Art and culture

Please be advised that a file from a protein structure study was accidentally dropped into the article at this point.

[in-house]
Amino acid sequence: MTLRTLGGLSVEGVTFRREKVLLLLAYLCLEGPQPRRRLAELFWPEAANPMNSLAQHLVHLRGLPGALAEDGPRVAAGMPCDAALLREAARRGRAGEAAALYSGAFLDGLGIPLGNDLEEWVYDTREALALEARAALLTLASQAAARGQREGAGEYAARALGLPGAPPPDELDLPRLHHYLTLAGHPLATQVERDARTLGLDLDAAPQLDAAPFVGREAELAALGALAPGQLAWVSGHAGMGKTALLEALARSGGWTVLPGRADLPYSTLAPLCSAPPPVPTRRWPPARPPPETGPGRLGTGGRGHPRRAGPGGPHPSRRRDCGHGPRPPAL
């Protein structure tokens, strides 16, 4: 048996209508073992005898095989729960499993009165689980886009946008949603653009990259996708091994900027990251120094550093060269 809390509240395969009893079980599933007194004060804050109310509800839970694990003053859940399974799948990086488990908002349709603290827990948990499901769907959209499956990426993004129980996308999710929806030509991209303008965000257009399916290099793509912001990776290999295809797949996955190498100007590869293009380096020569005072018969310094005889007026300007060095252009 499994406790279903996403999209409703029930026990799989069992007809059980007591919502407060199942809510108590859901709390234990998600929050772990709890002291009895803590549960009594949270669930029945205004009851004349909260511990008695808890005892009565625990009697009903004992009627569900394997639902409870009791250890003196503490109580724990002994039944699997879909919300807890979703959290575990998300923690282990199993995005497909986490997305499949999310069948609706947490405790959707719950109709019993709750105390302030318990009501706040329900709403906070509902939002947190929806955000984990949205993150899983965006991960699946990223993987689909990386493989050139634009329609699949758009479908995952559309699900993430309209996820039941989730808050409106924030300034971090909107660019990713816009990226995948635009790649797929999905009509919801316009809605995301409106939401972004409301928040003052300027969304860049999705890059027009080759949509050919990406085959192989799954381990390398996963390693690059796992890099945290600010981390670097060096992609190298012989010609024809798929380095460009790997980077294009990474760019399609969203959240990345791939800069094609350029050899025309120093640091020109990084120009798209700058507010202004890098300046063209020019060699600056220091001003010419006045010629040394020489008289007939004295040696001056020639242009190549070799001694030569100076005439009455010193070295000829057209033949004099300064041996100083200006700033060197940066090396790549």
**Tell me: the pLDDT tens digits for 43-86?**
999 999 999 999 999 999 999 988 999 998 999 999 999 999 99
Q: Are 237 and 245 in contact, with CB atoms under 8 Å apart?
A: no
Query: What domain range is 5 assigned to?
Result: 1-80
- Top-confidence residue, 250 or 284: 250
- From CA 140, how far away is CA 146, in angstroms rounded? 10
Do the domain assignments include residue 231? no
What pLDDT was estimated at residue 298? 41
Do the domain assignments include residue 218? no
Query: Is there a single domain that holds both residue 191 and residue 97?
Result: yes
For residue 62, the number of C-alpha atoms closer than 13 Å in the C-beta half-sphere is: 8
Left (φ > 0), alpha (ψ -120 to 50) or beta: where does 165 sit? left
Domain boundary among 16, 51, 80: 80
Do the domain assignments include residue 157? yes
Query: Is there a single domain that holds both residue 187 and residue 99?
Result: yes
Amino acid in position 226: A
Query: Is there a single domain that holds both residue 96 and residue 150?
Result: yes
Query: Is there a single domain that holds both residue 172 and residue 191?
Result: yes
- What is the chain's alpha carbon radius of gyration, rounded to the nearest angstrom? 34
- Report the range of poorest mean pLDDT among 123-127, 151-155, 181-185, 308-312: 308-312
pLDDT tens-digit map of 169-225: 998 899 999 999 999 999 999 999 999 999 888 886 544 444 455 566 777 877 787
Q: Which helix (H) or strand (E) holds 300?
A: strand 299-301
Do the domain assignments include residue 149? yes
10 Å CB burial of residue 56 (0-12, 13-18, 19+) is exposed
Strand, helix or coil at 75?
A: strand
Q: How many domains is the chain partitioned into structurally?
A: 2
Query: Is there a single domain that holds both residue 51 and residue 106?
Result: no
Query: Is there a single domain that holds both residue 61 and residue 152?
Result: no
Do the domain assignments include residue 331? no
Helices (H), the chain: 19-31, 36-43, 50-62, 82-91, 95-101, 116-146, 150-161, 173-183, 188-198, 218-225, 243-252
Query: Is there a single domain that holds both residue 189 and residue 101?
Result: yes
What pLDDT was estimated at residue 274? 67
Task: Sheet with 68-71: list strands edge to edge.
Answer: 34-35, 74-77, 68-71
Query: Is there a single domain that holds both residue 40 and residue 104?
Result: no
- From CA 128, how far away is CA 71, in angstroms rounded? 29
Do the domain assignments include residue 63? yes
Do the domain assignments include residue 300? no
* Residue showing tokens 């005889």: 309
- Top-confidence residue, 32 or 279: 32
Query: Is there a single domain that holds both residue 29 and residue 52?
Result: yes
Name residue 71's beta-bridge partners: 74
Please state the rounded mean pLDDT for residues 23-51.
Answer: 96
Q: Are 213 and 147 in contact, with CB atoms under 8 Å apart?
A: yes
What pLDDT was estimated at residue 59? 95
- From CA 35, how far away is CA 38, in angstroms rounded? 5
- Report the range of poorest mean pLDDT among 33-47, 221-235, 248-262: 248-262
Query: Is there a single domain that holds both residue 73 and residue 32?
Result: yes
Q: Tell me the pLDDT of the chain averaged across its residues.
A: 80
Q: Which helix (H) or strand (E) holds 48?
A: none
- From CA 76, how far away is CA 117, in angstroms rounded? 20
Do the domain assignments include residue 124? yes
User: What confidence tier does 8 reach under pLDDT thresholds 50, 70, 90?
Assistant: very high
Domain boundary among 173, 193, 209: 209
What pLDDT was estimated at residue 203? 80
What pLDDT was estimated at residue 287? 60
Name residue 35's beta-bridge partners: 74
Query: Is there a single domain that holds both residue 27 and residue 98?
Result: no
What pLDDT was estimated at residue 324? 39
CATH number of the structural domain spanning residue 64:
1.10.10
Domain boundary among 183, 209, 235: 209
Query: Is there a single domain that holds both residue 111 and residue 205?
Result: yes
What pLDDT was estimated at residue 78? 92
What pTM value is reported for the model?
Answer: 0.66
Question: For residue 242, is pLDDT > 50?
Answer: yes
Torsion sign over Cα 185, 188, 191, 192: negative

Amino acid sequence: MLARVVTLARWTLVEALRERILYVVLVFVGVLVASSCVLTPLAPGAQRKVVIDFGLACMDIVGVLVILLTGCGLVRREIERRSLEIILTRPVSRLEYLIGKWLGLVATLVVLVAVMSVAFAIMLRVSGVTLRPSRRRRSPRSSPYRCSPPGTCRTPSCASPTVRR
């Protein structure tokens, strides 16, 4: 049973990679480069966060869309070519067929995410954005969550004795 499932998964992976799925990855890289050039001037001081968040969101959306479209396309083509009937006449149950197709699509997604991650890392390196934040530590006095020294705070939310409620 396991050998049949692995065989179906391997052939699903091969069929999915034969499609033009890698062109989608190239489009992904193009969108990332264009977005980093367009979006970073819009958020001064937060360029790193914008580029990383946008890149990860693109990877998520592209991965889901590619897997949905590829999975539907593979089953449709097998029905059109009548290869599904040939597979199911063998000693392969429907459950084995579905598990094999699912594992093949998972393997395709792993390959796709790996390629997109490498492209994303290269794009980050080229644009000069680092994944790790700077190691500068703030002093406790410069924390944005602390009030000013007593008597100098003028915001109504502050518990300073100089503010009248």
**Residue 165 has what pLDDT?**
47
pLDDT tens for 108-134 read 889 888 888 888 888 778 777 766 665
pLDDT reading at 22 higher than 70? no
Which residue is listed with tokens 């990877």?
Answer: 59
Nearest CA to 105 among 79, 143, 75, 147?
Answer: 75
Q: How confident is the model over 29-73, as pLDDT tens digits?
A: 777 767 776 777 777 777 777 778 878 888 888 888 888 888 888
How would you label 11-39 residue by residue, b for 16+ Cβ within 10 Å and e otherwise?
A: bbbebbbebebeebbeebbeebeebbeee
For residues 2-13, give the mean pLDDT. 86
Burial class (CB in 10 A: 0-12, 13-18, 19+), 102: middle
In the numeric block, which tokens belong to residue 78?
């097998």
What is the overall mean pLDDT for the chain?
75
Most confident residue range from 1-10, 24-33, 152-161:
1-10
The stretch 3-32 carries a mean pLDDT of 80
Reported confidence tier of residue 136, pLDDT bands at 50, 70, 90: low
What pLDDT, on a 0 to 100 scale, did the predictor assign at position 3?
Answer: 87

The cultural heritage of the Valtournenche is most evident in the sacred art of the area: churches and chapels are the sign of a faith that has accompanied the lives of generations of local folk, and that remains very much alive to this day. Splendid examples include the Parish Church of Sant'Andrea at Antey-Saint-AndrĂ©, the bell tower of which was once the keep of an ancient stronghold, and the Parish Church of San Martino in Torgnon, which houses a superb museum with sculptures and wooden icons. In Chamois, the parish church is consecrated to San Pantaleone and inside visitors can admire a splendid eighteenth-century altar. In Valtournenche, the Church of Sant'Antonio Abate is famous for the small Museum of Sacred Art inside. Something else visitors to the area may find interesting are the remains of the ancient irrigation channels, known as "rus", which once took the water of the Marmore towards the arid slopes of the central valley; the arches of the "ru du pan perdu" are still visible above Antey. In Petit Monde, at Torgnon, a traditional "rascard" dwelling houses an ethnographical museum in which visitors can admire traditional farming tools, as well as a faithful reconstruction of a traditional double bedroom. The Valtournenche is also home to some of the best-known craftsmen in the Aosta Valley, whose works can be seen at the numerous craft markets that take place particularly in summer, such as â€śLo pequie martzĂ© de Votorneintseâ€ť, in Valtournenche, and the craft fair in Antey-Saint-AndrĂ©.